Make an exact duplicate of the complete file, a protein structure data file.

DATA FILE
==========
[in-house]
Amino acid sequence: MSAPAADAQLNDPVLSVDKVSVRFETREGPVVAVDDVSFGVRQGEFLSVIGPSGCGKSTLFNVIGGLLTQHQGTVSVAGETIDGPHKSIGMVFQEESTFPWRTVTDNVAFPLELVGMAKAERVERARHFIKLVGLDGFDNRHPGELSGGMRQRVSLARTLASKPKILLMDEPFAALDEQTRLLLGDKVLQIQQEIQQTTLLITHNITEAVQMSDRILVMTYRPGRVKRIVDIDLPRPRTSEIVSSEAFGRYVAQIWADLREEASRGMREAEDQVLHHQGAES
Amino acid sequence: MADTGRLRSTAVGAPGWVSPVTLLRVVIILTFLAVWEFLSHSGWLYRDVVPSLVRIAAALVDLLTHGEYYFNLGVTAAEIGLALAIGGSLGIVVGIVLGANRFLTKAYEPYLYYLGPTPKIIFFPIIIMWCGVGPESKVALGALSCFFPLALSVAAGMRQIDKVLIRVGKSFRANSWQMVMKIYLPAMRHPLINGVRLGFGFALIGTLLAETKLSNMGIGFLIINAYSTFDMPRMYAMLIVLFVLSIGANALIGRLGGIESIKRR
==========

[in-house]
Amino acid sequence: MSAPAADAQLNDPVLSVDKVSVRFETREGPVVAVDDVSFGVRQGEFLSVIGPSGCGKSTLFNVIGGLLTQHQGTVSVAGETIDGPHKSIGMVFQEESTFPWRTVTDNVAFPLELVGMAKAERVERARHFIKLVGLDGFDNRHPGELSGGMRQRVSLARTLASKPKILLMDEPFAALDEQTRLLLGDKVLQIQQEIQQTTLLITHNITEAVQMSDRILVMTYRPGRVKRIVDIDLPRPRTSEIVSSEAFGRYVAQIWADLREEASRGMREAEDQVLHHQGAES
Amino acid sequence: MADTGRLRSTAVGAPGWVSPVTLLRVVIILTFLAVWEFLSHSGWLYRDVVPSLVRIAAALVDLLTHGEYYFNLGVTAAEIGLALAIGGSLGIVVGIVLGANRFLTKAYEPYLYYLGPTPKIIFFPIIIMWCGVGPESKVALGALSCFFPLALSVAAGMRQIDKVLIRVGKSFRANSWQMVMKIYLPAMRHPLINGVRLGFGFALIGTLLAETKLSNMGIGFLIINAYSTFDMPRMYAMLIVLFVLSIGANALIGRLGGIESIKRR